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Photos of a four-year-old Melissa Humana-Paredes holding an Olympic medal are early clues what direction her life would take.
Her father, Hernan Humana, coached Canadians John Child and Mark Heese to bronze in Atlanta in 1996 when beach volleyball made its Olympic debut, and coached the duo again in 2000 in Sydney, Australia.
Melissa knew from an early age what the pursuit of athletic excellence demanded.
“I remember my dad was gone a lot travelling on the world tour, and trying to qualify for the Olympics, and then he was gone for the Olympics,” she said. “He gave my brother and I a map and put pushpins in all the different countries that he was going to be in.
“Every week he would travel to a new country, we would attach a string from each push pin so we could follow along on his journey to the Olympics.
“That’s when it really hit me what travelling and chasing this Olympic dream meant.”
The 28-year-old from Toronto hopes to close the circle with an Olympic medal, and perhaps of a more precious metal than the one she wore around her neck as a child.
Humana-Paredes and Sarah Pavan of Kitchener, Ont., the reigning women’s world beach volleyball champions, play their first match at the Tokyo Olympics on July 24 against Katja Stam and Raisa Schoon of the Netherlands.
“I didn’t know how much all those experiences were going to impact her and influence her,” Hernan Humana said. “It has been quite dramatic.”
Hernan, who also coached York University’s women’s volleyball team for a decade, was his daughter’s first coach and oversaw her indoor and beach teams until she was 17.
“My dad will still always be my coach,” Humana-Paredes said. “He knows what it takes to get to the Olympics. He’s always been around and been super-helpful.”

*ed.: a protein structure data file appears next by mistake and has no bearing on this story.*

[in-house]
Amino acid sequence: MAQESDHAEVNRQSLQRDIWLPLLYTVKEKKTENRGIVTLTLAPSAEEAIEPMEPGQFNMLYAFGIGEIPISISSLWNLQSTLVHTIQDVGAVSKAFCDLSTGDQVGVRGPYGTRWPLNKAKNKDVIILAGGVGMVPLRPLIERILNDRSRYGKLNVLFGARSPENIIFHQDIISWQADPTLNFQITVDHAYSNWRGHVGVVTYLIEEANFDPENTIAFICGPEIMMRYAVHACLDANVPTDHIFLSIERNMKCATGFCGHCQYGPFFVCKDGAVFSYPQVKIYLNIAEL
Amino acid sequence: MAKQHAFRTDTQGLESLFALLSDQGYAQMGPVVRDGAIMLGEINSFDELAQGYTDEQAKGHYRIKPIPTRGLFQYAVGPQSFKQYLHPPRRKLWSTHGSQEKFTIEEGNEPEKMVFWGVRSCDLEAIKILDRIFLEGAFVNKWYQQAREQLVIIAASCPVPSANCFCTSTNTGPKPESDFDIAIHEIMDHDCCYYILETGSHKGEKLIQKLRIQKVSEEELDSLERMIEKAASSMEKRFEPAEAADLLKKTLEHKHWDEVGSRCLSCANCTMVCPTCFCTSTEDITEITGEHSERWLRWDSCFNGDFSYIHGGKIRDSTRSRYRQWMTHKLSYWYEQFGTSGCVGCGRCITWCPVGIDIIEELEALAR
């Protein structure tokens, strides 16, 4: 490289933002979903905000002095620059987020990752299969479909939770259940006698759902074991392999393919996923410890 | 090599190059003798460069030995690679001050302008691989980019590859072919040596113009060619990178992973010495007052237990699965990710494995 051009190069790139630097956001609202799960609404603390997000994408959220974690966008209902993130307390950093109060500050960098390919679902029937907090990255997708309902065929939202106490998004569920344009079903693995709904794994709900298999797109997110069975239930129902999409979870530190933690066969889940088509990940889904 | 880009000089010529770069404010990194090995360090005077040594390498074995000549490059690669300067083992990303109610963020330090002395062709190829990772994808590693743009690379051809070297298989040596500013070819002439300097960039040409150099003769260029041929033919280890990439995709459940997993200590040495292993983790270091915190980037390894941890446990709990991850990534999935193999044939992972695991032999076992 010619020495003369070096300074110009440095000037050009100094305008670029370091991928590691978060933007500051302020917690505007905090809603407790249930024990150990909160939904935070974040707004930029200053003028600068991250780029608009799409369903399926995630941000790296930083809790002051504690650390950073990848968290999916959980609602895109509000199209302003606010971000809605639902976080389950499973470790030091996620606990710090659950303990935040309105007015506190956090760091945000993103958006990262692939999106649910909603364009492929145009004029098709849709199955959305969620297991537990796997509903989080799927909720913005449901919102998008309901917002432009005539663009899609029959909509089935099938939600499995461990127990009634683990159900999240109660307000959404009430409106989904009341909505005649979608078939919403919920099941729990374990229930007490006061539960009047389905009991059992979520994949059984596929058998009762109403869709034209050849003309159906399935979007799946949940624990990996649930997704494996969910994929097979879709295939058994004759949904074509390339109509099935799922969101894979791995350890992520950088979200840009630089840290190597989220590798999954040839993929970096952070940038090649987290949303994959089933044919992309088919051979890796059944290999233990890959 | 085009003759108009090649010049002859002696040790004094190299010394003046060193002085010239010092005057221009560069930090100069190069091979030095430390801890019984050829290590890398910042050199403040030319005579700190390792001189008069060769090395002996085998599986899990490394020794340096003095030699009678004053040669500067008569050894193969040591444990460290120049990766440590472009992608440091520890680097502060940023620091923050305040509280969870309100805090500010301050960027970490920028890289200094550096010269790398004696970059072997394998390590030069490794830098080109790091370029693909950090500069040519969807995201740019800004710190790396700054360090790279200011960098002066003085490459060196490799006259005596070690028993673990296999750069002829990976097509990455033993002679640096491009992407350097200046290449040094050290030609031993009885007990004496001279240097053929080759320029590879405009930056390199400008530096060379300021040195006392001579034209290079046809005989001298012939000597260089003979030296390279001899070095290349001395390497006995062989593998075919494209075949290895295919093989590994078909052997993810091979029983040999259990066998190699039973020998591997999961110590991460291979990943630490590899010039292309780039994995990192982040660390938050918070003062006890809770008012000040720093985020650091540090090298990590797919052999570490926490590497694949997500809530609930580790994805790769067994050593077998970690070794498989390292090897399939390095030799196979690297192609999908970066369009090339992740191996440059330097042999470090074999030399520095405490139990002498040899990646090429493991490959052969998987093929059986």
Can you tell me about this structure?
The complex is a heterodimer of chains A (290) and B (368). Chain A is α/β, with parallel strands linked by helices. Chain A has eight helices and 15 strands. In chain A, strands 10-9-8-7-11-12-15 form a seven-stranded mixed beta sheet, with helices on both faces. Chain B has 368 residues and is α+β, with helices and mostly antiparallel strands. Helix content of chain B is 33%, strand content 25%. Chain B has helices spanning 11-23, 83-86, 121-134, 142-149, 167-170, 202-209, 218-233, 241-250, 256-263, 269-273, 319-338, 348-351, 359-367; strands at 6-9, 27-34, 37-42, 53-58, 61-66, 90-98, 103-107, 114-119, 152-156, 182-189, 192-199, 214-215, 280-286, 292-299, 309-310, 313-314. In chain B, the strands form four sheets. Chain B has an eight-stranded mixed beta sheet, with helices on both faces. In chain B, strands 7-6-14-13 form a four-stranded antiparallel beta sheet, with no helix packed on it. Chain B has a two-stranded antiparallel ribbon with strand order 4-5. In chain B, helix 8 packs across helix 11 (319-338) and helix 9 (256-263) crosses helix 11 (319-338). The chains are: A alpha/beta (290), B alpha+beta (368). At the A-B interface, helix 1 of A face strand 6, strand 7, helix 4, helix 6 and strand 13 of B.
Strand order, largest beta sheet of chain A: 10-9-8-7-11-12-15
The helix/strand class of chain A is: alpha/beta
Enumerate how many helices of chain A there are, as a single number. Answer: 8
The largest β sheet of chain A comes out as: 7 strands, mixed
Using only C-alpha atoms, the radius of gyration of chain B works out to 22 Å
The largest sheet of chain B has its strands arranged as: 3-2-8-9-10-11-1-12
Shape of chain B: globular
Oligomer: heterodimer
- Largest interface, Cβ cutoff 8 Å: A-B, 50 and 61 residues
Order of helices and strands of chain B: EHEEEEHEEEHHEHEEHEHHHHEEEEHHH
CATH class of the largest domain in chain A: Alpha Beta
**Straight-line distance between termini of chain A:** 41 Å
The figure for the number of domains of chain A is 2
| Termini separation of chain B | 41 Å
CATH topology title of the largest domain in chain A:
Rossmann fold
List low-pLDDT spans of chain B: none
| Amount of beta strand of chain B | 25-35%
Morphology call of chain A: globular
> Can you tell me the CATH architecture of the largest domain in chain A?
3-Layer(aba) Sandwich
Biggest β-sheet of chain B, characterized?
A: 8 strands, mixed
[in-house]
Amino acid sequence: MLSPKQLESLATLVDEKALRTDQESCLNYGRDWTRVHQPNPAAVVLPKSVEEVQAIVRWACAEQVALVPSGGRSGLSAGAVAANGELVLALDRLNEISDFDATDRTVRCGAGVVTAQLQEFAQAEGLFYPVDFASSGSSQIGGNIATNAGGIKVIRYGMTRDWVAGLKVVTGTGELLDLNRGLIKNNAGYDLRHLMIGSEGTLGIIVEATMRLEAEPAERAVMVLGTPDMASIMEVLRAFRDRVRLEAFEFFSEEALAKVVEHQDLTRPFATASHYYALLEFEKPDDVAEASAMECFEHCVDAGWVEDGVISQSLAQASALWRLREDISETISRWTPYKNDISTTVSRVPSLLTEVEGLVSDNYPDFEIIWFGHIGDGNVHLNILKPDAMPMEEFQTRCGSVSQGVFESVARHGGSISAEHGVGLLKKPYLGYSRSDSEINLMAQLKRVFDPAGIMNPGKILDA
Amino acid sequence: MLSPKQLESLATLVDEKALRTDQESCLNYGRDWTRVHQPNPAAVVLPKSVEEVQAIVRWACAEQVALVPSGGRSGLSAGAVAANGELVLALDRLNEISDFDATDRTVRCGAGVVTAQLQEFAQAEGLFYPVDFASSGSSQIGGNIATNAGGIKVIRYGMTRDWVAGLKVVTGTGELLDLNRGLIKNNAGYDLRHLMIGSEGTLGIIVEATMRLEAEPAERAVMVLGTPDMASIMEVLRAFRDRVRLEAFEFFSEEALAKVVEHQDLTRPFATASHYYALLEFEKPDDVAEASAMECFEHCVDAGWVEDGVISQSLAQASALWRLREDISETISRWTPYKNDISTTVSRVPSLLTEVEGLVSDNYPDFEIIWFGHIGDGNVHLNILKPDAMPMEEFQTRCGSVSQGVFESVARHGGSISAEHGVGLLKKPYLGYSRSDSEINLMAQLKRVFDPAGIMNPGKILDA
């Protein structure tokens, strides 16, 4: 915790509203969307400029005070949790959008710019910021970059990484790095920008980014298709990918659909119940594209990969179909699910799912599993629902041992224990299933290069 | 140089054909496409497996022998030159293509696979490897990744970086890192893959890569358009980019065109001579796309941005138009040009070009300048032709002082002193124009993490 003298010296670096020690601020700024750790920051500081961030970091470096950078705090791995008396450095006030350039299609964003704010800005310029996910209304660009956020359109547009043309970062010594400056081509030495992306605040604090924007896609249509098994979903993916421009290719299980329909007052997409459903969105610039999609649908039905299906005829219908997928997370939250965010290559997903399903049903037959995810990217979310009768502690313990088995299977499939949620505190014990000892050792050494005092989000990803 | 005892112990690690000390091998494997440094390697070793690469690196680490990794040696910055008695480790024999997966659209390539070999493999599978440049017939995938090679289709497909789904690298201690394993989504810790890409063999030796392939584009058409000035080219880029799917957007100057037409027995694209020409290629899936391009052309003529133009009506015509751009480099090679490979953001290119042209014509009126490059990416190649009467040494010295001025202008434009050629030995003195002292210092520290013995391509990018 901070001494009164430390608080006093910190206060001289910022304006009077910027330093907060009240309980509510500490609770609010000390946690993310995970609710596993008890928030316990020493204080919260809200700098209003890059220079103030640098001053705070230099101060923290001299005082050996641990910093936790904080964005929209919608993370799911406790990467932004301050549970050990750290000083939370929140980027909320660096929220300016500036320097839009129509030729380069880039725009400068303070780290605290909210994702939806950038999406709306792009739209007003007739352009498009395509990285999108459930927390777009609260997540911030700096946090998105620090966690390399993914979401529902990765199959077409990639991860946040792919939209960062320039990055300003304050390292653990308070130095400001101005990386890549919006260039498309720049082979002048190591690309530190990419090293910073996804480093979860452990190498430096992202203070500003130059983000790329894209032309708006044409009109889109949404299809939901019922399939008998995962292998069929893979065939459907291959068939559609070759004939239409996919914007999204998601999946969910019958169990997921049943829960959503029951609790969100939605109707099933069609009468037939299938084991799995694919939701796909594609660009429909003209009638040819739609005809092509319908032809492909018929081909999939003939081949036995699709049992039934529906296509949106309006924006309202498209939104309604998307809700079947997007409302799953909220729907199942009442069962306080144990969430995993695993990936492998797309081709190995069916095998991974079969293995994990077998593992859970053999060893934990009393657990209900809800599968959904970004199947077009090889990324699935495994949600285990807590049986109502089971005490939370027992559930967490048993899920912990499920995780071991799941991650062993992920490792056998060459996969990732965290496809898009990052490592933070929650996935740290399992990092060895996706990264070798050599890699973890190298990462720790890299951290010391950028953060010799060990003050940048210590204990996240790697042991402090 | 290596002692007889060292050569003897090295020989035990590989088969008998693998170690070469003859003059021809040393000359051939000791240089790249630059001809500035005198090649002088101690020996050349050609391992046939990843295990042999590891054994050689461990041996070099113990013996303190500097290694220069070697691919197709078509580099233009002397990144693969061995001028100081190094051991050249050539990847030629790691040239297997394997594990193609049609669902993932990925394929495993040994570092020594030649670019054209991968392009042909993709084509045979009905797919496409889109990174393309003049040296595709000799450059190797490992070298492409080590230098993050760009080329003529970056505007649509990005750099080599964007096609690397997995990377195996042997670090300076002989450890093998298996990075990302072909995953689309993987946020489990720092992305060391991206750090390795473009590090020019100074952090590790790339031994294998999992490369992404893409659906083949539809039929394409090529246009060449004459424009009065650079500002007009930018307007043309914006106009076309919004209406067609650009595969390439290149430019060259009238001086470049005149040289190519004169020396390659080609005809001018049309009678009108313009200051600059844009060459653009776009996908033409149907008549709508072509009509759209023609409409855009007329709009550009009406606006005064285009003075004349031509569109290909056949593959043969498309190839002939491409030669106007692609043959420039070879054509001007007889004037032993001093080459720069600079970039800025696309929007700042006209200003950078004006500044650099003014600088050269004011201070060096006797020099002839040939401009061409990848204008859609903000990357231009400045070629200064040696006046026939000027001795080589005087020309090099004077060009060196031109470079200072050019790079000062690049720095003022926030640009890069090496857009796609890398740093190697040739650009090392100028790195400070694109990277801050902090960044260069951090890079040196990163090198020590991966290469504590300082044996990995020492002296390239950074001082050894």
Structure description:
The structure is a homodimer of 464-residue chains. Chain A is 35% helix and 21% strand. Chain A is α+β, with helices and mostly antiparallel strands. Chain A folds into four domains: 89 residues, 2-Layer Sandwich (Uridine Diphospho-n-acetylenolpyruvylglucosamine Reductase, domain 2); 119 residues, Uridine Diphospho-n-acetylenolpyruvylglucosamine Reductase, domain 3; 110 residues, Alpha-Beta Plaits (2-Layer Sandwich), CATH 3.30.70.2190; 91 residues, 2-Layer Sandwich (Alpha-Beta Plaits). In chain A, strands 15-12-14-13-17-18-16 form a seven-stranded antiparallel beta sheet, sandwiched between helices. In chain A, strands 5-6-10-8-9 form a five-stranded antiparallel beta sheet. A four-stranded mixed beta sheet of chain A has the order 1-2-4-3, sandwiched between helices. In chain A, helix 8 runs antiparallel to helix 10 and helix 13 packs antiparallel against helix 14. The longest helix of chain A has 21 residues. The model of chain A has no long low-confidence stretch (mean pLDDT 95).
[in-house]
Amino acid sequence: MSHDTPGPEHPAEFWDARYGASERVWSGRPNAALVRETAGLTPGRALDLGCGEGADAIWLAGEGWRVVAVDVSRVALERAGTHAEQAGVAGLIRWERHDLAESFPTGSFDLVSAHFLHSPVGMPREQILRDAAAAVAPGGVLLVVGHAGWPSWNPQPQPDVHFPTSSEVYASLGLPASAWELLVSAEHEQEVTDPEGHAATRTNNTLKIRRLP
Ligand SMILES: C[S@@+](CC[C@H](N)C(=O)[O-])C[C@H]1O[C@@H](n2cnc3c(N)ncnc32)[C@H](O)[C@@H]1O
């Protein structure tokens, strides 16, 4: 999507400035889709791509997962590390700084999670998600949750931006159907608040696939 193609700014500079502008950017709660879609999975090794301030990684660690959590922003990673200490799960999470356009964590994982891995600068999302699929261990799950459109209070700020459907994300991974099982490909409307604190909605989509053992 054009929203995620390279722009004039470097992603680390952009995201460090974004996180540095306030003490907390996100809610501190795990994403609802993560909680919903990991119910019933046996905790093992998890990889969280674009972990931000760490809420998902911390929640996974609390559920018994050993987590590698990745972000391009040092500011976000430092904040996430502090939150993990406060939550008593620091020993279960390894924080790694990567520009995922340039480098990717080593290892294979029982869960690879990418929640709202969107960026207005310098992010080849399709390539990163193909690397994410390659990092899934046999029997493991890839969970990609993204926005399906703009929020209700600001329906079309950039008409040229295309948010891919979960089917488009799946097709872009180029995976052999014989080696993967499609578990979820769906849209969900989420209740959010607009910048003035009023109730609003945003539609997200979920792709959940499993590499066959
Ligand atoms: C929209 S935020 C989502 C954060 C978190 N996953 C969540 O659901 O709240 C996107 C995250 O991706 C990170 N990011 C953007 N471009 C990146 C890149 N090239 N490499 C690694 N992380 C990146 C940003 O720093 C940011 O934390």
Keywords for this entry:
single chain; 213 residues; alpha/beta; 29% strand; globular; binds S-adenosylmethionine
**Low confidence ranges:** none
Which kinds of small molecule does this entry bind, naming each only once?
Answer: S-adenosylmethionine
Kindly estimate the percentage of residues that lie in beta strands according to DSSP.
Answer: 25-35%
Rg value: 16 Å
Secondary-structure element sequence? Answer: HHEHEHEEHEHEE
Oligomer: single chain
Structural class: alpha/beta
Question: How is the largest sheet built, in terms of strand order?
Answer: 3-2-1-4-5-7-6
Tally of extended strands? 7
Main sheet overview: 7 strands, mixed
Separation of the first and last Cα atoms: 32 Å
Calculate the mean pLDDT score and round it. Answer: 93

Hernan played for the Chilean men’s indoor volleyball team and Melissa’s mother Myriam was a dancer.
Despite that lineage, Melissa didn’t stand out in terms of physical gifts to play beach volleyball, her father said.
But she showed both sport intelligence and passion for volleyball at an early age.
“She was not tall; she was not physically strong. In fact, if anything, she was skinny and short,” Hernan recalled.
“She did some things that were unusual. Mechanically some things I spent hours and hours teaching other kids to do, I would toss a ball to her, and she would do it right away.
“If there was one cue, maybe that was the cue to tell me there was something special about her.”
Melissa said her father didn’t pressure her or her brother Felipe, who also played on the world beach tour, into volleyball.
But the siblings spent a lot of time around beach courts shagging balls for Child and Heese, and liked what Hernan was accomplishing there.
“I was involved in a lot of sports, but beach volleyball was my calling,” Melissa said. “I knew that at a very young age. I was always around the beach at his practices and seeing how he worked. It was very intriguing to me.
“Because I grew up as my dad’s daughter, I was exposed to this Olympic journey. It was part of my upbringing and my childhood. Olympics was just part of our family discussions.
“I also knew the sacrifices that had to be made, the sacrifices my dad made.”
Hernan emigrated to Canada in 1980. He joined his family who had fled brutal Chilean dictator Augusto Pinochet five years earlier.
“I stayed behind playing with the national team and trying to help to restore democracy,” Hernan said. “It sounds very idealistic and unrealistic as well at the time, but that’s what I did.”
Hernan wrote a book about his experiences titled “Playing Under the Gun.”
“I was a national-team player representing that country and it was not easy,” he said.
“As (Melissa) has learned from the stories from her mom and from me, she has said ‘wow, my parents sacrificed so much so I can have these opportunities, I have to use them.’ Not so much as a weight on her shoulders, but as a lifting opportunity.
“She’s such a thoughtful little one in that sense. She hasn’t forgotten who has been instrumental in helping her get where she is.”
Sacrifice, in pursuit of Olympic glory, is worth it, says his daughter.
“I don’t take it lightly, representing Canada and wearing the Maple Leaf,” she said.